1872 saw the birth of a law that has governed American mining for over a century. It is the General Mining Act of 1872. While amendments have been made to the 1872 Act, we are still governed by what some would call “outdated” policy.
“We must find an approach to modernize the General Mining Law of 1872 and ensure that development occurs in a manner consistent with the needs of mining and the protection of the public, our public lands, and water resources,” said Interior Secretary Salazar today Before the Senate Committee on Energy and Natural Resources.
With an economic crisis knocking at the front door and an energy crisis knocking at the back, the Department of Interior is working to responsibly balance development of conventional energy sources and the accelerated development of clean, renewable energy while at the same time protecting the treasured landscapes, wildlife, and cultural resources that claim America as their home.
It is finding such balance that has led Secretary Salazar to take another look at the 19th century policy. “While the responsible development of our mineral resources is critical to both our economy and our environment, this statute has not been updated in 137 years,” he said. And much has changed since then.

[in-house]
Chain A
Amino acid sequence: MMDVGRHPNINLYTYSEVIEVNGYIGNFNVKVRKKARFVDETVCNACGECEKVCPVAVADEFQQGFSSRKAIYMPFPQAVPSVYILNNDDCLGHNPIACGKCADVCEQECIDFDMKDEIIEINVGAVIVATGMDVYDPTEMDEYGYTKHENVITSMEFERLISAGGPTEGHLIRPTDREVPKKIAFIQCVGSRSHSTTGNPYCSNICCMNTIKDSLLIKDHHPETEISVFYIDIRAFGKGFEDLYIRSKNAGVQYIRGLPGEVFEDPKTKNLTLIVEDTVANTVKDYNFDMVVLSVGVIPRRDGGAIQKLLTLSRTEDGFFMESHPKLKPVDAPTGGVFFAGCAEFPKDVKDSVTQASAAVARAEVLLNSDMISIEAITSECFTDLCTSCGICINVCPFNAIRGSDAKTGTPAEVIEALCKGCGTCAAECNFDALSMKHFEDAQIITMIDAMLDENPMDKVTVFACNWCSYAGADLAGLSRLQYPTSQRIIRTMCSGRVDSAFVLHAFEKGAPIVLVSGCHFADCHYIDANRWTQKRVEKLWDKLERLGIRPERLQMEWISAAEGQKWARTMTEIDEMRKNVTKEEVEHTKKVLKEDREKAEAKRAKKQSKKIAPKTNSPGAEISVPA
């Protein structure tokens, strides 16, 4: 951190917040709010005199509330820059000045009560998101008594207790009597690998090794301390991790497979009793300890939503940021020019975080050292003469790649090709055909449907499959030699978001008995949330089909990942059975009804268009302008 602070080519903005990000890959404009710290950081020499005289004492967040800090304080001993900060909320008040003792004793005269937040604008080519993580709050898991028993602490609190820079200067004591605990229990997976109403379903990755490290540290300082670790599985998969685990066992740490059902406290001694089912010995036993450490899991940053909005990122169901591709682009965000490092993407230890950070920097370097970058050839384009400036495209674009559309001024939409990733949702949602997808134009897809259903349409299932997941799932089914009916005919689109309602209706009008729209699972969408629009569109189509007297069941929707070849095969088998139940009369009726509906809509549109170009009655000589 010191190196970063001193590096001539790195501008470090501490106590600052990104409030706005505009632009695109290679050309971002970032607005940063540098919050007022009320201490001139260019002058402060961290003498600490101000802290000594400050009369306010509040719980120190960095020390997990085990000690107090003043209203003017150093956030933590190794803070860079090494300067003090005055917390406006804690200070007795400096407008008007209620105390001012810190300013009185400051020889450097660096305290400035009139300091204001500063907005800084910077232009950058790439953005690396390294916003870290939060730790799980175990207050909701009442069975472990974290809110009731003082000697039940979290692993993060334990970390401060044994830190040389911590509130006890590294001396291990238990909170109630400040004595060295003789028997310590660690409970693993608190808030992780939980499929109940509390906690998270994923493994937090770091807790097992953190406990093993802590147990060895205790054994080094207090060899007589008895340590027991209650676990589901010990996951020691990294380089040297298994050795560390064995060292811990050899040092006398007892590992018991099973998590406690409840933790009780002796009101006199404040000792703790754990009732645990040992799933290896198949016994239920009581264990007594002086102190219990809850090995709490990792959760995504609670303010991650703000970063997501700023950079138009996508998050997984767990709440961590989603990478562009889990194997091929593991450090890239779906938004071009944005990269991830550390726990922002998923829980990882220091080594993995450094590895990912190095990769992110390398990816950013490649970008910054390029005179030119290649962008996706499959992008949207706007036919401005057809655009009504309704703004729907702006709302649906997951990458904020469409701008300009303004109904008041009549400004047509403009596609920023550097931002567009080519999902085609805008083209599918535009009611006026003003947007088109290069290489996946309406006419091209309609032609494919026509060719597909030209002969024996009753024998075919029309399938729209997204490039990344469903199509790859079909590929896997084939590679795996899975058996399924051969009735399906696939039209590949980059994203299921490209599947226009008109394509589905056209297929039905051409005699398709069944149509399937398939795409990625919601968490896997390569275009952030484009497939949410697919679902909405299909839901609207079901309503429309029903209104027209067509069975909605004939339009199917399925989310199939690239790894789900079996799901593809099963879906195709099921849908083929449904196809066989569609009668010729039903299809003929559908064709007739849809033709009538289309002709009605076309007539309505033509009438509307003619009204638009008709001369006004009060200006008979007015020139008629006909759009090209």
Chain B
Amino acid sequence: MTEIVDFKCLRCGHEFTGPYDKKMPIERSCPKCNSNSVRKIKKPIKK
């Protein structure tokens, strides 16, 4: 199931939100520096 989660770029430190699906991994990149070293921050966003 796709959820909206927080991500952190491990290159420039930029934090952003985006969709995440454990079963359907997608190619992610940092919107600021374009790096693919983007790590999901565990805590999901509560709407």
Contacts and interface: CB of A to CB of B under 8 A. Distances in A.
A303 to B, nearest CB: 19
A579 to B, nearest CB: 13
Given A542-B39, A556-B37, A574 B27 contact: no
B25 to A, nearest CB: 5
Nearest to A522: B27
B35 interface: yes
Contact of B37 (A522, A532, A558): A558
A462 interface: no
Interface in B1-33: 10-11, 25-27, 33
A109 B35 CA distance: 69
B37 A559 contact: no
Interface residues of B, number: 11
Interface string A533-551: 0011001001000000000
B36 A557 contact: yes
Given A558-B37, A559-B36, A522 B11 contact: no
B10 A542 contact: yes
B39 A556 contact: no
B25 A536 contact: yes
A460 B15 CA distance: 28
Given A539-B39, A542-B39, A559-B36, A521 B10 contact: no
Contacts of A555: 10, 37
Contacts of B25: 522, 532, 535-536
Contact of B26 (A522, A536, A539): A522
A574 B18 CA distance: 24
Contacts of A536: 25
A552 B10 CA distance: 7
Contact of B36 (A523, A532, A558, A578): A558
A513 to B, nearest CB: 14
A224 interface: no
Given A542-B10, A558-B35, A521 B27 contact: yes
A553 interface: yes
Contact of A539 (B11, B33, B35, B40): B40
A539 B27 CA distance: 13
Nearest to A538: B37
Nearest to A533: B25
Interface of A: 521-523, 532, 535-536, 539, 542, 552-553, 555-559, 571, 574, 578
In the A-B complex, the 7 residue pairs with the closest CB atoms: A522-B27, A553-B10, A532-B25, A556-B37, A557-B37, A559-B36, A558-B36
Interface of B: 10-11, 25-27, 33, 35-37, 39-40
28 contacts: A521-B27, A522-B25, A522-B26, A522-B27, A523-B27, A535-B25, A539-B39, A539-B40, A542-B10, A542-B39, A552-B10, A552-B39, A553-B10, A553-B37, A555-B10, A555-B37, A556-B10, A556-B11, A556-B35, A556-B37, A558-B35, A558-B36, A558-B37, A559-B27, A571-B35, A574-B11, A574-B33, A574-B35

The 1872 Act allowed “any citizen of the country to explore public domain lands for valuable minerals, to stake a claim if the mineral could be extracted at a profit, and to patent the claim.” A lot of freedom was granted under this Act, and it had a huge influence in the founding of the West because of the freedom it entailed.
According to the BLM, an average of approximately 76,000 new mining claims are staked annually. And these claims are responsible for almost $60 million in federal revenue, coming mostly from the fees collected by BLM.
With an average of 76,000 mining claims staked annually, the impact on the environment has potential to be severe. Landscapes can be ruined. Abandoned mines can become eyesores. That is why “the environmental consequences of modern mining practices must be addressed in meaningful and substantive ways” as reform takes place.
Salazar suggests that “American taxpayers should receive a fair return for the extraction of these valuable resources and should expect the federal government to develop a reliable process providing for the cleanup and restoration of lands where the responsible party is unable or unavailable to do so, including a Good Samaritan provision.”
And now the Hardrock Mining and Reclamation Act of 2009 sits on the committee table, waiting. With the passage of this Act, permits would be required to engage in the following activities on federal land: (1) mineral activities that would disturb surface resources, including land, air, water, and fish and wildlife; and (2) exploration and mineral activities that involve more than casual use of the land.
It will also establish the Hardrock Minerals Reclamation Fund for the reclamation and restoration of land and water resources adversely affected in the past by mines and mining activities that are now abandoned.
To read a full text of Salazar’s address, click here.
Photo Credit: wallyg via flickr under Creative Commons License